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Ian MacLauchlan prepares for Killington Spartan Ultra

By Ethan Weinstein

Ian MacLauchlan did his first Spartan Race in Killington in 2018. Now, three years and 20 races later, he is preparing for this weekend’s 50K, 12-hour Ultra race.

Ian MacLauchlan at the Greek Peak winter race staying low and fast under one of the Spartan race classic obstacles, the barbed wire crawl.

Spartan races are obstacle course races ranging from three miles to marathon length and beyond. Participants trek through mud, swing across monkey bars, climb ropes, and face other surprise impediments throughout the course.

A longtime runner and soccer player, MacLauchlan was looking for a new physical activity when he first decided to try a Spartan Race. He quickly became hooked. “The first Spartan Race I did was the Beast. So that’s a half-marathon with 30-plus obstacles, and I really enjoyed the camaraderie, I really enjoyed the athletes helping each other,” MacLauchlan said.

“The whole event area is just this huge festival village of like-minded, enthusiastic athletes that are just here to get beat up and feel like they’ve accomplished something when they pass that finish line.”

It’s also great type-2 fun. “I like the torment, I guess,” he laughed.

While MacLauchlan has participated in Spartan races all around New England, Killington’s race offers a few unique challenges. For one, racers must hike uphill underneath the K-1 gondola, gasping for air while tackling steep terrain. Some years, participants must swim across the Ramshead snowmaking pond, or swim to and then climb a rope dangling over the water.

(right) MacLauchlan and fellow competitor working through the Bucket Carry obstacle in the New England Spartan race in Louden, New Hampshire.

“I remember seeing some folks in Ramshead snowshoe tunnel, just crying and you know, just freezing and just very shocked,” MacLauchlan said of the water feature. “But that’s the appeal. It may sound crazy to some, but for some folks that’s a lot of fun.”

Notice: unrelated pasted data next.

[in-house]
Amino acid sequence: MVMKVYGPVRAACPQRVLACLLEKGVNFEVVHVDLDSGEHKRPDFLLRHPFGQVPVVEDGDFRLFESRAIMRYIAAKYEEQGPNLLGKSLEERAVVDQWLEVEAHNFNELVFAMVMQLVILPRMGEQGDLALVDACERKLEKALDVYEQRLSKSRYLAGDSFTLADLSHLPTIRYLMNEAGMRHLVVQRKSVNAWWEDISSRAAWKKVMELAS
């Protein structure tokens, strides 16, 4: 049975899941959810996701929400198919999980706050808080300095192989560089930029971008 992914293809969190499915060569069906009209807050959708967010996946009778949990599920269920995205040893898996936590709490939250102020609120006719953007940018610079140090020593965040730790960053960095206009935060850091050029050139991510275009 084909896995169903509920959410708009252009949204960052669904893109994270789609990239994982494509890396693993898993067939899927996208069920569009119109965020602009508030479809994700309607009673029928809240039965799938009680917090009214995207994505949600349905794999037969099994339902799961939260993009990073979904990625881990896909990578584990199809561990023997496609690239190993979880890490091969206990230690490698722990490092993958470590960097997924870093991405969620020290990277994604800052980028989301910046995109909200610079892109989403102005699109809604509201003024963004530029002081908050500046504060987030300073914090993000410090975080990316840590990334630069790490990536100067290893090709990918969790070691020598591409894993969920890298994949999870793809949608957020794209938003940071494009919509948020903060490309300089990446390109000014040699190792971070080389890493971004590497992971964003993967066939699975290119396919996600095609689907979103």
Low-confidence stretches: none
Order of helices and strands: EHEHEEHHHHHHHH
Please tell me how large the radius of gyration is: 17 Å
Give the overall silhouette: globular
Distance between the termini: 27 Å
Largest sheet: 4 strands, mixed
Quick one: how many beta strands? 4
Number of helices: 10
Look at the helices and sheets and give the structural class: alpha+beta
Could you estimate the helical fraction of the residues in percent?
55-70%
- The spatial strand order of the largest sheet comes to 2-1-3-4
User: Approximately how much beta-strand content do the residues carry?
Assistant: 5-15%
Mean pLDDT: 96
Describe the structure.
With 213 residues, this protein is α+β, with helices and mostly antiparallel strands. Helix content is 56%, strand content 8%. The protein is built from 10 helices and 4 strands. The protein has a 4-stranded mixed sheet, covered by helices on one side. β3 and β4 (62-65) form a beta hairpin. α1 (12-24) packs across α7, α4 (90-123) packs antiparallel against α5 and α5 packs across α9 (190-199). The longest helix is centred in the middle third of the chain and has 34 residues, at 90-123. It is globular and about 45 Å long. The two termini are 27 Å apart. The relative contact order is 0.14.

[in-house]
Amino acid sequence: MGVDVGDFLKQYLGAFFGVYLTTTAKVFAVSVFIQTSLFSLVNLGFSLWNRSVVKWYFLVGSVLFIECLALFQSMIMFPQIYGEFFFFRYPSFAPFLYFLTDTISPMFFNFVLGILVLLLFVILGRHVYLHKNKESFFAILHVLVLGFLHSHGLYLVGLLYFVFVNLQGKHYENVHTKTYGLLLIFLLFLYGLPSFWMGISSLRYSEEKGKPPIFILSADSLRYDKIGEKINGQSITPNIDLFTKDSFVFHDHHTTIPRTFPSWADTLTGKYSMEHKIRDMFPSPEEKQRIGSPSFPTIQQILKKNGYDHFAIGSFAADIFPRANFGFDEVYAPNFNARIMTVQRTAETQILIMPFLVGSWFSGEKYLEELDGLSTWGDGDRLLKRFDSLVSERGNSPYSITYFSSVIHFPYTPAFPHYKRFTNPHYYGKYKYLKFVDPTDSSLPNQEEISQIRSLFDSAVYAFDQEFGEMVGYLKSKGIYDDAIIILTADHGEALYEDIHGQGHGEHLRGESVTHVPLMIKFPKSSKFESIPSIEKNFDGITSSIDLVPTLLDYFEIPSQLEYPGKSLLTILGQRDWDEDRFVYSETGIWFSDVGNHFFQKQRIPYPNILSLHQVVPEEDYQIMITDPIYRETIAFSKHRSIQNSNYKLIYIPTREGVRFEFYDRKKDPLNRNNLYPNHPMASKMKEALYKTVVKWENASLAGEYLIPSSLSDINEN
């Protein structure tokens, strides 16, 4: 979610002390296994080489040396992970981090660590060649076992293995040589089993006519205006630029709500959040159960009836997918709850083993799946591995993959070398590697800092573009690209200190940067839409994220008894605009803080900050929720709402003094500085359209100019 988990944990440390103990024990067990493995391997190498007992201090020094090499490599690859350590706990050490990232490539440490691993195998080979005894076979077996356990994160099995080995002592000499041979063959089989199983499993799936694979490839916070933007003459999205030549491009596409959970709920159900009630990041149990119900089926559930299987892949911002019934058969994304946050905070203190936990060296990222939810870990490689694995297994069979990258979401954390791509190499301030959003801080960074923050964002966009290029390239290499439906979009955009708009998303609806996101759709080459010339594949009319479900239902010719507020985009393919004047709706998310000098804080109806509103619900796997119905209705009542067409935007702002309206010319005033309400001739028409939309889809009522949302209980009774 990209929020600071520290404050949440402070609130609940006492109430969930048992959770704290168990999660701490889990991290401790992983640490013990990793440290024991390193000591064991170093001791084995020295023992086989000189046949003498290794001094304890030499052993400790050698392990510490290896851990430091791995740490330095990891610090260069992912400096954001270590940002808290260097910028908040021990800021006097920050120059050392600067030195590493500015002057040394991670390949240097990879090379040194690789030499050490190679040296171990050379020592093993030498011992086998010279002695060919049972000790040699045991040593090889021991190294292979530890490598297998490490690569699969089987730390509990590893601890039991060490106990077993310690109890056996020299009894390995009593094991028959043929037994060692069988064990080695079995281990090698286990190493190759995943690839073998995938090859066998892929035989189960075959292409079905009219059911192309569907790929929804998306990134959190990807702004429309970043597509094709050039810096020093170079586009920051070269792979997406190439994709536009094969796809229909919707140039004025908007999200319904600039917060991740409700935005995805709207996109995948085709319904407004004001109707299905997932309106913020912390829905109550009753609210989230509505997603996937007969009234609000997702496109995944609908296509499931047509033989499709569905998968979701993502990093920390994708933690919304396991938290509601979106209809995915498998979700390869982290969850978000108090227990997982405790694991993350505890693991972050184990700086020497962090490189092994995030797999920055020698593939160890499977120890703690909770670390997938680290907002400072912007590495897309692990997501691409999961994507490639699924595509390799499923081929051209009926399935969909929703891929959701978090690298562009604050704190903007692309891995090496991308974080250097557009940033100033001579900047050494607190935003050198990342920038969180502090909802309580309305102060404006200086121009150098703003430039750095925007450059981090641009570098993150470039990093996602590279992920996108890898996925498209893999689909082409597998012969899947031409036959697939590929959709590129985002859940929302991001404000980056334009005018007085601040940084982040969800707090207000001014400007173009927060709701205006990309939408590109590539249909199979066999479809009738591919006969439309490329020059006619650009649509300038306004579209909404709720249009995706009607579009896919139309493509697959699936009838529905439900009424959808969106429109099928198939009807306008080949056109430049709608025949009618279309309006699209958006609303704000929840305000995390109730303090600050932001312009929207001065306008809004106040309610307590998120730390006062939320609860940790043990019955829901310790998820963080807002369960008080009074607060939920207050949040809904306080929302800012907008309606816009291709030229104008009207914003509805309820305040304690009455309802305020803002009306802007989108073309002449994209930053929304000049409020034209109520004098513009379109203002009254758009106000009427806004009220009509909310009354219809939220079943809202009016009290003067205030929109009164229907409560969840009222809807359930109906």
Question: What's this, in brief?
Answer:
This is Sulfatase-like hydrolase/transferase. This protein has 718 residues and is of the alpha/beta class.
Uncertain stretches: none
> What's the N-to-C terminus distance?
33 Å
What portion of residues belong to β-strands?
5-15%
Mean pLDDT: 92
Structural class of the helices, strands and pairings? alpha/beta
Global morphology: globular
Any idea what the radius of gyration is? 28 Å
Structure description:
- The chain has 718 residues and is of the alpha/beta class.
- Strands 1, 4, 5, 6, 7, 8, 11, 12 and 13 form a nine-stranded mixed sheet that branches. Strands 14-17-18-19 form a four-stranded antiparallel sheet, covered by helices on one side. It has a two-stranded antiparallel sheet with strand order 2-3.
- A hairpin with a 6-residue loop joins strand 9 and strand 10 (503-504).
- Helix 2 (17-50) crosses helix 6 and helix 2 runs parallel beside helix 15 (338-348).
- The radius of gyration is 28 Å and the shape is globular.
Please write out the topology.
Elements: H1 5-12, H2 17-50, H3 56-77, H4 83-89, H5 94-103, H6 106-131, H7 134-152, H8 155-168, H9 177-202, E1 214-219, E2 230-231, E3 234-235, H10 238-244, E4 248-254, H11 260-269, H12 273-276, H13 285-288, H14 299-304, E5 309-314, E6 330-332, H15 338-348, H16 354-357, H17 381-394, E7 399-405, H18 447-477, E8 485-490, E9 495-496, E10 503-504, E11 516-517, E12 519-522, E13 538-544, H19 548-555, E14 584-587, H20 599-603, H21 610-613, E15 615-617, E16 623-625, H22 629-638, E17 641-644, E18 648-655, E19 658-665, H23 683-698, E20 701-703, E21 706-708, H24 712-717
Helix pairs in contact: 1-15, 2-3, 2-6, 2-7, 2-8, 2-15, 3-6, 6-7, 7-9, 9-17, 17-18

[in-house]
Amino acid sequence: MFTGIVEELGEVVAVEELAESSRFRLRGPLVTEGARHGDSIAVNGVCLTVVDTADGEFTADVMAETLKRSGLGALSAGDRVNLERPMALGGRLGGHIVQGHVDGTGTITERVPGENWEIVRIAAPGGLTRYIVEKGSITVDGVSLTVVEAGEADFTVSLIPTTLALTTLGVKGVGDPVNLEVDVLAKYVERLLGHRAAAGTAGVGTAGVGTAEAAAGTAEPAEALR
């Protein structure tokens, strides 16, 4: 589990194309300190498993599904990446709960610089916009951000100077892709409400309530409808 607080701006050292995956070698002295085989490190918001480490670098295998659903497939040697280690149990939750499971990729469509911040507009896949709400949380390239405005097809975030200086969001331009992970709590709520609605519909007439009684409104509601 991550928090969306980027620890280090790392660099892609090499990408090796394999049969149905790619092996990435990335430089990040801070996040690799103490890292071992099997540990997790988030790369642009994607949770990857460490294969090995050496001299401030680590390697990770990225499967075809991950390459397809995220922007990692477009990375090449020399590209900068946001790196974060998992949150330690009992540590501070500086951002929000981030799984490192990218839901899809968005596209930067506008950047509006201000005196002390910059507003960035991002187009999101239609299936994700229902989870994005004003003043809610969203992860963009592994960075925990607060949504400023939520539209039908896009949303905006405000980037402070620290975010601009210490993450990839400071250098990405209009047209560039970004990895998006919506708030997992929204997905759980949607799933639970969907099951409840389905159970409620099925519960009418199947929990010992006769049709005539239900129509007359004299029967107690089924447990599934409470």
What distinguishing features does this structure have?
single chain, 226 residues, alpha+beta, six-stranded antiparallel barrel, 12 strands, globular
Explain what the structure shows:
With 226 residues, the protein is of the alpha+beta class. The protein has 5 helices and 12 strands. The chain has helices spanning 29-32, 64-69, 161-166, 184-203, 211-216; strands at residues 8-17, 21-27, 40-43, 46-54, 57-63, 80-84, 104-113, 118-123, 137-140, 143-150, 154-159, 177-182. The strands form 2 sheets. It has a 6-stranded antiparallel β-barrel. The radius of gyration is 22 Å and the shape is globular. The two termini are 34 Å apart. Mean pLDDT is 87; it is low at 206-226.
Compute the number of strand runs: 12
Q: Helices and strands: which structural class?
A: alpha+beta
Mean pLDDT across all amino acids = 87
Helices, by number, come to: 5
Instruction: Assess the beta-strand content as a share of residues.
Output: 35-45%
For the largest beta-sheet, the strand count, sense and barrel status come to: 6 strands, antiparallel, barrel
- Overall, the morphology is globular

Spartan races challenge athletes in ways few other competitions do. After struggling with rope climbs and grip strength, MacLauchlan bought a rope from Home Depot and slung it over a tree. He climbs it a few times every day to practice, and like to squeeze a stress ball while on the phone to increase his grip strength.

MacLauchlan also trains with a group at Killington Boot Camp focused on obstacle course racing. On Tuesdays, the group, led by Rob Butler, works out and then heads to Jax to talk upcoming races. Working with fellow Spartan athletes keeps everyone’s motivation up.

As MacLauchlan prepares for his most intense race yet, he has had to up his training regimine. “I like to use the Long Trail as a training tool,” he said. At a brisk pace, he’ll hike anywhere from 20 to 30 miles, which can include 5,000 feet of elevation gain.

The winner of the Ultra will likely finish in around eight hours, and MacLauchlan is shooting for 12. A race of that length will burn 10,000-15,000 calories. Carboloading and hydrating two days before is a must, as is eating right on the day of. “It’s a lot of Clif Bars. It’s a lot a pb&j sandwiches. It’s a lot of mustard packets for cramps; it’s a lot a lot of pickle juice; it’s a lot of salt tabs,” said MacLauchlan.

Many people might see Spartan races and think them impossible, out of reach. But if MacLauchlan has one takeaway from his training, it’s not to make unnecessary limits for oneself.

“I think a lot of folks just think they can’t do it. And it’s just not true.”

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